The thing about “international development” is that it’s a bit of a murky, catch-all term. It’s got a good feel to it – if you’re involved in international development, you’re more often than not seen as one of the good guys. It’s swirling about in a bucket of meaning alongside “foreign aid” and “disaster relief”. It’s about “doing good”, which is about helping people improve their situation, right? It could be helping people escape from the ruins of an earthquake or the ruins of economic mismanagement but that’s what “international development” is generally understood to be about.
How would you feel, then, if you could be convinced that “international development” was a term hiding something darker, less altruistic and far more self-interested? What if the people charged with leading global the development were actually doing more for the 1% than the 99%?
Because the World Bank, with its $30 billion annually budget, is doing just that, and causing misery and environmental destruction along the way.
The Bank’s mission is to “[E]nd poverty within a generation and boost shared prosperity.” Like almost all governments and multilateral institutions, the Bank subscribes to the current economic orthodoxy in as much as all of its models for poverty reduction have economic growth as a prerequisite. For the purposes of this argument, whether they are right or not is a secondary, albeit not irrelevant point. The primary point is that it is such a given that almost any sort of growth is considered positive. If it can go on a country’s books as growth – in the form of GDP – it’s good.
The next pillar of belief is that for developing countries to develop, they must be connected to global markets. They must be able to sell what they have to the people who want it. Oil, grain, rare earth, cotton, diamonds . . . in fact practically any natural resource, preferably in its raw form. And these days, one of the things that developing countries have that others want is arable land. Rich and powerful people aren’t stupid; much as political leaders may prevaricate over climate change politically, the 1% know what’s coming. They know that land – especially land connected to water – is going to become increasingly rare, and therefore increasingly valuable. It is already in huge demand, both by those looking to build industrial, often monoculture operations, and those looking to turn a quick buck by playing the market.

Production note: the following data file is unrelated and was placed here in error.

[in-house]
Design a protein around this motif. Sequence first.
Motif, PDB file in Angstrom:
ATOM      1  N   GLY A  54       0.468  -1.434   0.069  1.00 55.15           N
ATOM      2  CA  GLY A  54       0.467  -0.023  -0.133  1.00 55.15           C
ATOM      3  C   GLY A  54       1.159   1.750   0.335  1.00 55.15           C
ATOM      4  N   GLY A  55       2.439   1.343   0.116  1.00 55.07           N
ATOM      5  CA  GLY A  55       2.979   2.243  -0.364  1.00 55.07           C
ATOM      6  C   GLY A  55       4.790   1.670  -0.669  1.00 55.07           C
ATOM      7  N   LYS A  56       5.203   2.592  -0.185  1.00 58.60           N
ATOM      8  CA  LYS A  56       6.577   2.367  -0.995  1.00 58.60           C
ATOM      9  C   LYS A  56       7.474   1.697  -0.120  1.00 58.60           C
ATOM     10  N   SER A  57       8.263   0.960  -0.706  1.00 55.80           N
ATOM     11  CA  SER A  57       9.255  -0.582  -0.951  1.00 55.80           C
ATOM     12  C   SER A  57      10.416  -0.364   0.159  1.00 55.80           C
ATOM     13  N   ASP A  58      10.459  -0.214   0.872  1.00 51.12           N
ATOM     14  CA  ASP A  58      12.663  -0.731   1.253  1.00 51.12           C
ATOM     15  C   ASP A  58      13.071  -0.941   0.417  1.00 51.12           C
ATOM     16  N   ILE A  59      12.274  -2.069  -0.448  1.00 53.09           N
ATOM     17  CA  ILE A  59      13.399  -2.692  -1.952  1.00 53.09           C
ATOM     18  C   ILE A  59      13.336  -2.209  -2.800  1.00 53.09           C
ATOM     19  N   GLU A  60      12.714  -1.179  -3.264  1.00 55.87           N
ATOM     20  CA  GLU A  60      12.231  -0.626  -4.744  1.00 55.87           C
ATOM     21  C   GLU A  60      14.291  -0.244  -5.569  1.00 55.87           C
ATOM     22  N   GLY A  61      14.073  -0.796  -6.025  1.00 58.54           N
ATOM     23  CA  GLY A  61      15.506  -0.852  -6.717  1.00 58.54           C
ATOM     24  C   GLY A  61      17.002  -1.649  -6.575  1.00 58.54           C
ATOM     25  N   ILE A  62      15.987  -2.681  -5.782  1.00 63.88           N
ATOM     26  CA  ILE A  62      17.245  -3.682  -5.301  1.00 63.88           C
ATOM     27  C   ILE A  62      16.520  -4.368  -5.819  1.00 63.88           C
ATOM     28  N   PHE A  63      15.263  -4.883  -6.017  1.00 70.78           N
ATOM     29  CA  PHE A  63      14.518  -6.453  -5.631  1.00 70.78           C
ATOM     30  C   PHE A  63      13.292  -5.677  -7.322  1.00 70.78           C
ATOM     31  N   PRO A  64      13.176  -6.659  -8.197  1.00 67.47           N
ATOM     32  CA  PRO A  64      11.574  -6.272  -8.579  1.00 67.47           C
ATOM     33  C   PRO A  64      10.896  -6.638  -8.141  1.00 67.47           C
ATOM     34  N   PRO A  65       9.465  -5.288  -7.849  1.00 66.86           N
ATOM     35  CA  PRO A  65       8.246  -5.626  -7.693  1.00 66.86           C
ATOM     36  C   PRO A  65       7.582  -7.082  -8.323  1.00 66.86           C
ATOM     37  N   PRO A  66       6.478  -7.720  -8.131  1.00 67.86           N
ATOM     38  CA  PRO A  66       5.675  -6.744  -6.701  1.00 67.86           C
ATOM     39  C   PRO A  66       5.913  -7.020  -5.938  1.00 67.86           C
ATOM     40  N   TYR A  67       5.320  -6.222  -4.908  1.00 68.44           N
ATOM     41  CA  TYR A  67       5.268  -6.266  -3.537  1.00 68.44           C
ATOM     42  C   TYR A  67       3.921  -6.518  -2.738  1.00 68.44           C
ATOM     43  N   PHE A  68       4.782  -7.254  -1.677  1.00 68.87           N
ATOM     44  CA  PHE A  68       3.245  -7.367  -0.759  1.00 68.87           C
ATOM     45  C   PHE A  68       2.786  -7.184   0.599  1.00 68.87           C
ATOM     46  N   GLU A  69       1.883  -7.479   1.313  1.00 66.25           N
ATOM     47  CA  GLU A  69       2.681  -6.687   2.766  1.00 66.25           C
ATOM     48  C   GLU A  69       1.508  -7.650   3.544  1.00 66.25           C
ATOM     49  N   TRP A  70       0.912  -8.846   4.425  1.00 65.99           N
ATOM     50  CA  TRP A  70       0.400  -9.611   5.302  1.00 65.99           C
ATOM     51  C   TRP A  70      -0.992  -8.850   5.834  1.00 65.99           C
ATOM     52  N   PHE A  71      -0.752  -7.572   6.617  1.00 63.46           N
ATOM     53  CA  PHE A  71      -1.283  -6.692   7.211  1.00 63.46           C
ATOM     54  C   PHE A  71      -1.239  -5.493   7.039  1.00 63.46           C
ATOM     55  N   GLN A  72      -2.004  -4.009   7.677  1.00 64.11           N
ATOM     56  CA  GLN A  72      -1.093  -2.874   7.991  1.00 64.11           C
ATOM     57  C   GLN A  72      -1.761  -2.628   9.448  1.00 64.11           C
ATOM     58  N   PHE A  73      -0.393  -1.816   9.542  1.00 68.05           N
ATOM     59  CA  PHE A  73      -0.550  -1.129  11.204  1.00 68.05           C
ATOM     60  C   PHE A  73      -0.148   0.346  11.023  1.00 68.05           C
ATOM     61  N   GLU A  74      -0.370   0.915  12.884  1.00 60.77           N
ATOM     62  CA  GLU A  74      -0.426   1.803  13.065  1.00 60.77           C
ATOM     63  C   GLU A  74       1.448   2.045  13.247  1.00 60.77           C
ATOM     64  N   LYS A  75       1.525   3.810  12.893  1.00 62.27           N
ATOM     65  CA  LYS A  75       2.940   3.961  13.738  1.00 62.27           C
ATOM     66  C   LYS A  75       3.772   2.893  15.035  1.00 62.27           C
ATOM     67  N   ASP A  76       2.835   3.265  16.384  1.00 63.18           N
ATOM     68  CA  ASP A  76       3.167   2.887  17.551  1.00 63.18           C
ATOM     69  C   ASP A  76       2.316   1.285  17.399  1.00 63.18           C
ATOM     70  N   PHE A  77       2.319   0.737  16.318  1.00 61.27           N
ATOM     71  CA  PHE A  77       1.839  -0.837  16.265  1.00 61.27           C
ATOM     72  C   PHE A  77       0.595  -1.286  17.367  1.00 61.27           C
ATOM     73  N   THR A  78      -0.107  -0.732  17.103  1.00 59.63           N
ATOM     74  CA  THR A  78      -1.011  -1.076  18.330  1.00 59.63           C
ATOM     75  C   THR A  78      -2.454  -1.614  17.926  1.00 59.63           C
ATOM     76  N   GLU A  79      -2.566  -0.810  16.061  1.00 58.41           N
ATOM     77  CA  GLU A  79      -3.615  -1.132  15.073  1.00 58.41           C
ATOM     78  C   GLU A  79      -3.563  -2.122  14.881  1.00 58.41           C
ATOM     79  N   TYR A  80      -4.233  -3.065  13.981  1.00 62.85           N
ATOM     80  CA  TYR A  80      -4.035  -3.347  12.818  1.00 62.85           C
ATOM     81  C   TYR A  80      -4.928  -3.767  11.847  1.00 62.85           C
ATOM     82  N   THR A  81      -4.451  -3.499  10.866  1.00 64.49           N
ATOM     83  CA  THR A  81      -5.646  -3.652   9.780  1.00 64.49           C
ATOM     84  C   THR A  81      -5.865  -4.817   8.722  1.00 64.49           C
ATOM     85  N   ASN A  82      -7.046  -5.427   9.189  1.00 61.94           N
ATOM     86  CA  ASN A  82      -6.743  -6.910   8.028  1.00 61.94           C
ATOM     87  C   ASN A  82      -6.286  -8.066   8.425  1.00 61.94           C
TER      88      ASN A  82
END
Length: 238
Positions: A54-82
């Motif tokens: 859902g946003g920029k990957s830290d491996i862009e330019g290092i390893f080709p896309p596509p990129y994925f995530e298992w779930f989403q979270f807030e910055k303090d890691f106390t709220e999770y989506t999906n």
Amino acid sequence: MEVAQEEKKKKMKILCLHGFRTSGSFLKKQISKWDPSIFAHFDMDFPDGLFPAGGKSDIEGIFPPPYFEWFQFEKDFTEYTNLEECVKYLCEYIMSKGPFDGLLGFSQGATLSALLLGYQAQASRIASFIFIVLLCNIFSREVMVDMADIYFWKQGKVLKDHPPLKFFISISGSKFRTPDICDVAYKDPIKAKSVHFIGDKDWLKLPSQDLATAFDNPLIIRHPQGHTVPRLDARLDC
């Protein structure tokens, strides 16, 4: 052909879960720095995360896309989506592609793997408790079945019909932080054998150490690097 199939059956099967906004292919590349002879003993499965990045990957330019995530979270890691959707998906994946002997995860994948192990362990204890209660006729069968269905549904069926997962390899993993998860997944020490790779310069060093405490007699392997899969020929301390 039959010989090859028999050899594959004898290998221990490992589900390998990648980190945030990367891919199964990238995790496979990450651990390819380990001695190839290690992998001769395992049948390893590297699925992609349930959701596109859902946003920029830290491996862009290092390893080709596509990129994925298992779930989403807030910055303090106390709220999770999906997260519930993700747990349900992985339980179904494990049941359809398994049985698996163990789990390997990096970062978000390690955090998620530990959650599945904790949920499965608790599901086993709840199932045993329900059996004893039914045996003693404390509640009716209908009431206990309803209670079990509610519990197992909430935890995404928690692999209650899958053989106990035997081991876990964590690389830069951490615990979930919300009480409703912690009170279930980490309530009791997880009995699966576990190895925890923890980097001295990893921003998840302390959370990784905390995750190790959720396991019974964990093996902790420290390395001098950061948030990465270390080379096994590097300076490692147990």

The thing is, practically all of the land being traded is already owned, mostly by smallholder farmers, pastoralists and Indigenous People; exactly the sort of people “international development“ is supposed to be about. Unfortunately, for millions of such people, from Cambodia to Ethiopia to Guatemala, however, they don’t have the right paperwork. The fact that they have been tending the same land for generations, or that they are already feeding 80% of the developing world, or that their methods are environmentally sustainable where industrial agriculture is hugely toxic, is irrelevant. No paperwork, no claim. Or, more to the point, no paperwork, therefore their land must belong to the government, and therefore it becomes visible to the world as a tradable asset.
Enter the World Bank.
Through a system called the Doing Business (DB)rankings, the Bank uses its considerable financial and political power to make it as easy as possible for these now visible and tradable assets to, well, be traded, in huge plots. And the only people with the capital to buy assets on that scale are the 1%, in the guise of foreign corporations or local elites. So the people the World Bank is helping are the 1%. But wait, you may well cry, investment brings jobs and tax revenue and expertise to a country; that is development! It would be if it did. In far to many cases, however, corporations are given tax breaks, and jobs and expertise are firstly often scant, because industrial farming is designed to operate with minimal human input, and secondly because even those few jobs that do exist are more often than not kept in a relatively closed loop of expat workers or a handful of local people. It does do one critical thing, though. It brings more economic activity into the country than previously existed, which registers as growth. Never mind that little or none of it actually benefits the country, as it is whisked away through tax havens as soon as it appears. It is, briefly, there. And so it seems perfectly logical to the World Bank because they are, in theory, helping developing countries connect to global markets, and thereby achieve economic – GDP – growth.